In recent years, small form-factor cameras—both DSLR and mirrorless—have gotten very good at capturing extremely high-quality video. So how come the broadcast equipment in use today is still so massive and expensive? YouTuber Zebra Zone recently answered this question in an interesting breakdown video.
The first thing he wants to clear up is the misconception that the camera itself is huge. It’s not. The majority of the cost and weight of a broadcast setup comes from the massive lenses that are used on these systems. In the setup he uses for illustration, the lens makes up $212,000 of the approximately $250,000 total price tag.
So the question becomes: why are these lenses so huge and expensive? And the answer is, simply enough, that they make absolutely no compromises. A $200,000+ broadcast lens is the ultimate do-it-all lens: it covers a massive focal range, at a wide maximum aperture, is parfocal, is stable, and uses powerful-but-accurate motors for aperture, zoom, and focus control.
The lens being used in the video above is a Fujinon UA107 that covers 8.6-900mm (1800mm with when you engage the built in extender) at a maximum aperture of f/1.7 – f/4.5 (f/8 at 1800mm).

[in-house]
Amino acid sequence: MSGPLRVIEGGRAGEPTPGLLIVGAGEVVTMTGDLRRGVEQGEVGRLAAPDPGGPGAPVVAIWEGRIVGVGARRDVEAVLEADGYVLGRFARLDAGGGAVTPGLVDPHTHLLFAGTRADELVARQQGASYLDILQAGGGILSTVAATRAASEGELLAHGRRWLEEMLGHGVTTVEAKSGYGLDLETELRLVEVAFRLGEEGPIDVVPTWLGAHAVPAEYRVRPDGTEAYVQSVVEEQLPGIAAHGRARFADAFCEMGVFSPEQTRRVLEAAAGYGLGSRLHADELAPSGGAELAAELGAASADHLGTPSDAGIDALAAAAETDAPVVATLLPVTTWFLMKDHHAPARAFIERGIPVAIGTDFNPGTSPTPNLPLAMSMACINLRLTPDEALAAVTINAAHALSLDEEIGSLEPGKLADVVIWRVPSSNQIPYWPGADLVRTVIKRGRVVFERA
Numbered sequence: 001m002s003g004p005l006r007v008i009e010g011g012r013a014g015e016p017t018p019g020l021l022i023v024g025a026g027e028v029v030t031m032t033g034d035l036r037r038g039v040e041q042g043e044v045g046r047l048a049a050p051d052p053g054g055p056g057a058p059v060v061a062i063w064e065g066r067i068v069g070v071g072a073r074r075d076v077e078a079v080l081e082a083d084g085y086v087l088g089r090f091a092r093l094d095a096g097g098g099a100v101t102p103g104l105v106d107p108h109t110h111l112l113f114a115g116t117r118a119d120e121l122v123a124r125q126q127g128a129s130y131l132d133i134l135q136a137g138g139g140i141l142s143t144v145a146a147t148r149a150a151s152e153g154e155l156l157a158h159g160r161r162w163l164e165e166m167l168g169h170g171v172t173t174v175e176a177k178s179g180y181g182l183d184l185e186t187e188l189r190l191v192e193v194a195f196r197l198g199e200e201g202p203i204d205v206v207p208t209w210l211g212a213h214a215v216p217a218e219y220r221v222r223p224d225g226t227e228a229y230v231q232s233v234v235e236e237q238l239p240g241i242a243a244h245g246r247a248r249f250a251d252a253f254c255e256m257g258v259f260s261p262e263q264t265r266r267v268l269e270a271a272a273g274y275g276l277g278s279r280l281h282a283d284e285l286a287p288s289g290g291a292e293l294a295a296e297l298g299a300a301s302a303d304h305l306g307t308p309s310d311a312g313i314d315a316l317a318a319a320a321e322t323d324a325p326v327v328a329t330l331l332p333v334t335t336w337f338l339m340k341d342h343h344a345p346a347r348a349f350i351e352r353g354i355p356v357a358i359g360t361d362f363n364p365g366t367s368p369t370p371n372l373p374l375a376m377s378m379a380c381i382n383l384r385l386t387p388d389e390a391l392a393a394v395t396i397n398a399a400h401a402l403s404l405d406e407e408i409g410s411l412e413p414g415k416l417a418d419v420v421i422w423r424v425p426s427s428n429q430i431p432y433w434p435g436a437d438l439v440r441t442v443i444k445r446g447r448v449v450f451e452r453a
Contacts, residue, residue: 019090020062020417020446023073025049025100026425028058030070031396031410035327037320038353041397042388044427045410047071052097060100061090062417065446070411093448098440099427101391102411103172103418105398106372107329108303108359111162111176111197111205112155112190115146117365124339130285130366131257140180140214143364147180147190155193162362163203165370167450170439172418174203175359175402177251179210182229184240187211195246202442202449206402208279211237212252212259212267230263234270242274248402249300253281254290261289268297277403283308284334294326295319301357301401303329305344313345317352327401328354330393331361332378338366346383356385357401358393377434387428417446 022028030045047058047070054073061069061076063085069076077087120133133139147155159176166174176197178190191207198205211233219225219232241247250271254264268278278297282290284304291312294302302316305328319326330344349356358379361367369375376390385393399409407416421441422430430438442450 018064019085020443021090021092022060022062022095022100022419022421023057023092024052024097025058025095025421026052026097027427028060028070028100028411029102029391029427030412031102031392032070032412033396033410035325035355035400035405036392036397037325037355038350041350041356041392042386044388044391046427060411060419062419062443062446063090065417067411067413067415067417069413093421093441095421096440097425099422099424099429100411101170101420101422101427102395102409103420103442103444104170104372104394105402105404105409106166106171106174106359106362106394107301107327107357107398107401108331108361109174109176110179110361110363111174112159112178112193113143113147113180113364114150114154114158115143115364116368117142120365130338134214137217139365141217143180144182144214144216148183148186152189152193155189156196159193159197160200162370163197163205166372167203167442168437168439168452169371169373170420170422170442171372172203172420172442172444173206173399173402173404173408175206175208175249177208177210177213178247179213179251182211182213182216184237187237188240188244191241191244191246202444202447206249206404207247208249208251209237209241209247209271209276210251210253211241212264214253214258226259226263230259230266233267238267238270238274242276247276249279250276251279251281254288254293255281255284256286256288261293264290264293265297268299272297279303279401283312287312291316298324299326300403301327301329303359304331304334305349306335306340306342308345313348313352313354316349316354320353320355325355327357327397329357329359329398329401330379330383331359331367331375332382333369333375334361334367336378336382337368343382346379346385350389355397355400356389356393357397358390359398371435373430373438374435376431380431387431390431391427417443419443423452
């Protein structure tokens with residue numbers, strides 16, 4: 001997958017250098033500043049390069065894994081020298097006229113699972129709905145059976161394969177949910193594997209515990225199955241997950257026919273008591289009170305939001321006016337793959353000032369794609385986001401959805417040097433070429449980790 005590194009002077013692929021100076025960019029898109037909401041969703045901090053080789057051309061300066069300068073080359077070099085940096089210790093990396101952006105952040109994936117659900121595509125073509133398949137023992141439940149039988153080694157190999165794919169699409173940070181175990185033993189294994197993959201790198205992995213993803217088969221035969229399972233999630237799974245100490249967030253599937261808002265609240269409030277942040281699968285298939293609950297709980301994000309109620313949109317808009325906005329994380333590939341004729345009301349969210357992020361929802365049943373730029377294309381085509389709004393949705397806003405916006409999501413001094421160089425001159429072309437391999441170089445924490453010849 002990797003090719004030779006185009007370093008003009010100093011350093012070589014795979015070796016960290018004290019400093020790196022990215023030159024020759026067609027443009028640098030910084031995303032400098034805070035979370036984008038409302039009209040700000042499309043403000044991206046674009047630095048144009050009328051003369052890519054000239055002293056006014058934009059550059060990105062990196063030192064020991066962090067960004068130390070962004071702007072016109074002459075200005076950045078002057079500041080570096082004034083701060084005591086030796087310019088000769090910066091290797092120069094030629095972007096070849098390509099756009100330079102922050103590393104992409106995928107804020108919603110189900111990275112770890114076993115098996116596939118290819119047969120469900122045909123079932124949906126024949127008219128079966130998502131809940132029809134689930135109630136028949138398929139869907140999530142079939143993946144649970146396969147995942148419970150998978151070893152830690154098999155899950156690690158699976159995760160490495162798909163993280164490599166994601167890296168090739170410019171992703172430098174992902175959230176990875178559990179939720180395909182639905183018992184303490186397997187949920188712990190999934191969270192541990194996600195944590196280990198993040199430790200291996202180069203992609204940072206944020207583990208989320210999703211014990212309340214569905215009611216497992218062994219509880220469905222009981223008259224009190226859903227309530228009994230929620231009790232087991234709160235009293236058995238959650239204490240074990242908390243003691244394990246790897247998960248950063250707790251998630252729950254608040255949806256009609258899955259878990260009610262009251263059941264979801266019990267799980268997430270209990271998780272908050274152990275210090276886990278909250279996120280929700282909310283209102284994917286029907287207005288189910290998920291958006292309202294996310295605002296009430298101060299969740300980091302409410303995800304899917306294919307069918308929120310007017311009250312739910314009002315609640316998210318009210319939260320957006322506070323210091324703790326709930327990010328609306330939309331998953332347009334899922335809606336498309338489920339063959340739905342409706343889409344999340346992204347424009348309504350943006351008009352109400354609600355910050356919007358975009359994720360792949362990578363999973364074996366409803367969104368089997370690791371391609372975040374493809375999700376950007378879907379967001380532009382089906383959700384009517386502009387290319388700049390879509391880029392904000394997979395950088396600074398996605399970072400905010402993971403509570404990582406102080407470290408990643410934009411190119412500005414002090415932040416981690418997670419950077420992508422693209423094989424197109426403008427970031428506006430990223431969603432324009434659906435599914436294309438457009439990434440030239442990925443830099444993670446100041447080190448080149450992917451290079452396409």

From there, the video goes on to break down the cost and necessity of the other still-expensive but not-quite-so-ridiculously-expensive parts of a broadcast setup:
- Tripod and Fluid Head – $20,000
- Remote Control Handles – $9,000
- Camera-to-Lens Adapter – $7,000
- Monitor – $1,800
- Fiber Optic Transmission Module – $3,000
Which leaves just the camera itself to take up the rest of the budget. In Zebra Zone’s case, they were using a $3,000 BlackMagic Ursa broadcast camera.
As Zebra Zone explains: in traditional video, it’s the environment that adapts to the cameras, in broadcast its the opposite, it’s the camera that has to adapt to the environment. And any setup that can adapt to almost any environment is going to have to be massive and expensive.
Check out the full video up top to see how each of these components works in more depth and detail.